The sixth and latest Mission: Impossible might not be the greatest action movie ever made, as some hyperbolic pundits would have you believe (nor is it close to the series’ peak), but the Hollywood action movie bar remains so low that this energetic, craftsmanlike piece is certainly an antidote to the joyless, CGI-reliant slogs of the American summer’s to-date wan offerings. Directed, again, by Rogue Nation’s Christopher McQuarrie and shot through with a small handful of genuinely exhilarating sequences, Falloutworks as hard for your vicarious thrill-seeking dollar as does its tireless star. How many times have the Avengers twisted an ankle leaping off their 10-centimetre green-screen ledges? Cruise would eat the Marvel Cinematic Universe for breakfast.

The plot, such that it matters, might as well be transposed from a rustic Bond scenario, or at least every recent 007 adventure that’s attempted to justify its anachronistic existence in a post-Cold War world. Rogue Nation villain Solomon Lane (Sean Harris) returns with a terror group known as the Apostles, who’re attempting to overthrow world order but are basically just giving anarchists a bad name with their second-rate incel ramblings and a plot, straight out of 1965, to steal nuclear weapons and wreak havoc. The casing of the plutonium in question even calls to mind a juvenile gag from The Naked Gun. This is a good thing.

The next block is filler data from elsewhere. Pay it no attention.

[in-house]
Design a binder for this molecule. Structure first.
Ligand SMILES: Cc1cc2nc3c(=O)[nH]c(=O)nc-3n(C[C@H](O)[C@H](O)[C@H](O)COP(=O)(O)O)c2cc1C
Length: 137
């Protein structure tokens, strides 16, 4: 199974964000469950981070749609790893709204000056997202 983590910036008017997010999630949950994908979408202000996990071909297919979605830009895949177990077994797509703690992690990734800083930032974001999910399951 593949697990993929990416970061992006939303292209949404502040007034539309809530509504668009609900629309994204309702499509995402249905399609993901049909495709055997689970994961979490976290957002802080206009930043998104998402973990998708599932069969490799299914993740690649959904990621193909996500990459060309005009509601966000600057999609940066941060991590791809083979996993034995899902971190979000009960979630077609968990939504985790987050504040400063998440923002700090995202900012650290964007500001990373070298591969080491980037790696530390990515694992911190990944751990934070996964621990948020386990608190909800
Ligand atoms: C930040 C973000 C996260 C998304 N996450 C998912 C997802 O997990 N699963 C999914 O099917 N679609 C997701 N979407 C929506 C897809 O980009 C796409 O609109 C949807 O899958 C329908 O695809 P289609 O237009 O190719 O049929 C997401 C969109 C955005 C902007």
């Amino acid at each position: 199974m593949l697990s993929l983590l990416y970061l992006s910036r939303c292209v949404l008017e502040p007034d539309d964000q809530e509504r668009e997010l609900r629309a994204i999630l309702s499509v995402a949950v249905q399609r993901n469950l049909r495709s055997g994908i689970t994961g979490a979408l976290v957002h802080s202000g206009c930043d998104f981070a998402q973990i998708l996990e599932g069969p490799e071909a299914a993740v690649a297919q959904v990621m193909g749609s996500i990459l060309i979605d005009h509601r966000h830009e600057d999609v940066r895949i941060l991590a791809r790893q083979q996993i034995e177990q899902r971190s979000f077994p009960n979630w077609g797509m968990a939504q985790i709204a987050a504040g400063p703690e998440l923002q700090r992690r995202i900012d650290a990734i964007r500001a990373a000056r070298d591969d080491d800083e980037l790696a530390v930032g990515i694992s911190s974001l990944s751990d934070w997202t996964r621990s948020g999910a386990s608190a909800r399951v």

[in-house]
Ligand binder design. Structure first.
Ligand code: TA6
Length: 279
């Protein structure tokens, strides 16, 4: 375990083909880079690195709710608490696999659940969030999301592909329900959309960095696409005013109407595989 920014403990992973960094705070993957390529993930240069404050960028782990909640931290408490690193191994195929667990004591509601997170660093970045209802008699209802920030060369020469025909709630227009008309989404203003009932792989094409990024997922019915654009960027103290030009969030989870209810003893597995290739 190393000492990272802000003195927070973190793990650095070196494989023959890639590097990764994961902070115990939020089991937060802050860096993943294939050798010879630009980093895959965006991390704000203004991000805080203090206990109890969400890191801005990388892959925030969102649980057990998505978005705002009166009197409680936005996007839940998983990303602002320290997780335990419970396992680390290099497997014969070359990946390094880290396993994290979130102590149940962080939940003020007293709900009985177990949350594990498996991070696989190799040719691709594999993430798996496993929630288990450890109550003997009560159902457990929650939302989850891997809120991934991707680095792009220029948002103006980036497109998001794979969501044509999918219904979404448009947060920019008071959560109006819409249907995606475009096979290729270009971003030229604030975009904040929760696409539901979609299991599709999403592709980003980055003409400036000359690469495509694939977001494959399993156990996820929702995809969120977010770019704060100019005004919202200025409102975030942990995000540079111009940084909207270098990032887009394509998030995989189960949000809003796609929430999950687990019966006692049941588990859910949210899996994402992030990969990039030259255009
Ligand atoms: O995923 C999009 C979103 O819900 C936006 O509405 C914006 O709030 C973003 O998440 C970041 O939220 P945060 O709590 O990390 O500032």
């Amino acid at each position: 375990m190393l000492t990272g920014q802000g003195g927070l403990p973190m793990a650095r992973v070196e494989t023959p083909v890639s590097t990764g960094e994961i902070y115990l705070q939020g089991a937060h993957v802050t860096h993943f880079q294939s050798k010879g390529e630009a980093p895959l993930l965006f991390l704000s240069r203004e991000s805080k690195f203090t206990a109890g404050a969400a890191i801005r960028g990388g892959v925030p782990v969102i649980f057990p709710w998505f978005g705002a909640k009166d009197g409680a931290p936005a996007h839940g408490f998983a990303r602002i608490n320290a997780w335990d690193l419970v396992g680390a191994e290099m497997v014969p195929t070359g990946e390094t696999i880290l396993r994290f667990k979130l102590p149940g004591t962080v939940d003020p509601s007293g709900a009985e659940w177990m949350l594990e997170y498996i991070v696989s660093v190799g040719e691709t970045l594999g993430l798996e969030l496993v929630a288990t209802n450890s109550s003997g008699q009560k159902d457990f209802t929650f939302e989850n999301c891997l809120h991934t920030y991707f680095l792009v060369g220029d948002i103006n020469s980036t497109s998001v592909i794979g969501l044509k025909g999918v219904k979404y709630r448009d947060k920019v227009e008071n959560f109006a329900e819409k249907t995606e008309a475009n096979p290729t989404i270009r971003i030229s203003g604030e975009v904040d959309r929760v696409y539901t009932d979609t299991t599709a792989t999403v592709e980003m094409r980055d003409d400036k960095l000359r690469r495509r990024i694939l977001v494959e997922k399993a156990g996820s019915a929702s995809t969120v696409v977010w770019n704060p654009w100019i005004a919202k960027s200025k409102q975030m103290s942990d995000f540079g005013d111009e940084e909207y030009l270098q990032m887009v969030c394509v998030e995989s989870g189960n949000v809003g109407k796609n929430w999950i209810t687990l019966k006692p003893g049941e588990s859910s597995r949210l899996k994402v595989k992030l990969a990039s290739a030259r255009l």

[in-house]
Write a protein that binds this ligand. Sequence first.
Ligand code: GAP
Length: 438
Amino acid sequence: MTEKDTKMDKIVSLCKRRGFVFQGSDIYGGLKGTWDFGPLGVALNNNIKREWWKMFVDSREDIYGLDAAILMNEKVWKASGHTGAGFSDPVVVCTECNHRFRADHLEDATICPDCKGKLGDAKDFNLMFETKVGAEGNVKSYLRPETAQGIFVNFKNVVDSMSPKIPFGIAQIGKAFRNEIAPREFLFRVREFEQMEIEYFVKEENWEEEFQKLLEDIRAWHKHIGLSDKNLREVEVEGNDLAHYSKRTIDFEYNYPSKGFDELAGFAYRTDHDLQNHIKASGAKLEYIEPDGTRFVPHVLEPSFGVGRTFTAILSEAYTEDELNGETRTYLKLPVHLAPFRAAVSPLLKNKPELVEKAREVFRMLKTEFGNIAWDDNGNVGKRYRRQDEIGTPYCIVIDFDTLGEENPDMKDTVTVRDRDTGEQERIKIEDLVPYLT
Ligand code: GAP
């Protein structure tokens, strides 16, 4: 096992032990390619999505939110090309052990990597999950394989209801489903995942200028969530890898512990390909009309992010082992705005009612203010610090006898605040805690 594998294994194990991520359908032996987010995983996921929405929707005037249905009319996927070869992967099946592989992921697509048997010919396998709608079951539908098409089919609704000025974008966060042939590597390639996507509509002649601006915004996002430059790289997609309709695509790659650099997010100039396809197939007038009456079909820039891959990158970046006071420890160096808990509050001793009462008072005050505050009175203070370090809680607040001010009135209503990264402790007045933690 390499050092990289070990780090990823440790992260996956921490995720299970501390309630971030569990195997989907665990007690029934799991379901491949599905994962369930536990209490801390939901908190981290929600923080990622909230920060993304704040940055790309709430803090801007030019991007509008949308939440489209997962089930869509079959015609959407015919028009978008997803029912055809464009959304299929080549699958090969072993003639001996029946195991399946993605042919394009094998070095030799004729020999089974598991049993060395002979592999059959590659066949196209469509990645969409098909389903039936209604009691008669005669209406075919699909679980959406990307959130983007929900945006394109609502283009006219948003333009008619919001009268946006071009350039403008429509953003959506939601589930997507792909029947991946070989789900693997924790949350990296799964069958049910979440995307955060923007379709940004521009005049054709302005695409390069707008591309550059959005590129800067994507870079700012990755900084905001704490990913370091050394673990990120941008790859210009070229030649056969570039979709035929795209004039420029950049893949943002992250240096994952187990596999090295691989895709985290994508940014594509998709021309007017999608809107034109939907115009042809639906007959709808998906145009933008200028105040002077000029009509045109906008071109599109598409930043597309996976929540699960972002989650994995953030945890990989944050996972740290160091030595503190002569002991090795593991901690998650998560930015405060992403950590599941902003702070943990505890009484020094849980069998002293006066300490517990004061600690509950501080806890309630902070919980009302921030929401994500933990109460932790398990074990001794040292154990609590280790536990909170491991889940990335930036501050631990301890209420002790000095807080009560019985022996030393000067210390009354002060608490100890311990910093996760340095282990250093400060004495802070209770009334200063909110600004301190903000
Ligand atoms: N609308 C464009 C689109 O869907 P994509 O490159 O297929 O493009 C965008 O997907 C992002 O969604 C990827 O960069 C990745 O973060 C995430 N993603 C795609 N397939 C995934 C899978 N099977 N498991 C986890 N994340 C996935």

Wouldn’t you know it, the situation puts Cruise’s IMF agent Ethan Hunt once again on the treason suspect list (you’d think he’d find more appreciative employers by this stage), and CIA director Erica Sloane (Angela Bassett, who deserves her own action franchise) assigns a him a shadow spy: August Walker (Cavill), an assassin with a moustache and quiff who looks like a combination of dishevelled 1930s swashbuckler and ’70s gay pin-up. You can practically feel the locker-room eroticism of Walker and Hunt’s mano-a-mano game of wits. Threaded throughout are Hunt’s dreams of his former wife Julia Meade (Michelle Monaghan), and intimations of his accountability for her disappearance, and the vengeful return of MI6 operative Ilsa Faust (the great Rebecca Ferguson, mostly squandered this time around). The two play a round of tag in Hunt’s emotional landscape, the film’s women, as ever, gathered in weird supplication around Cruise.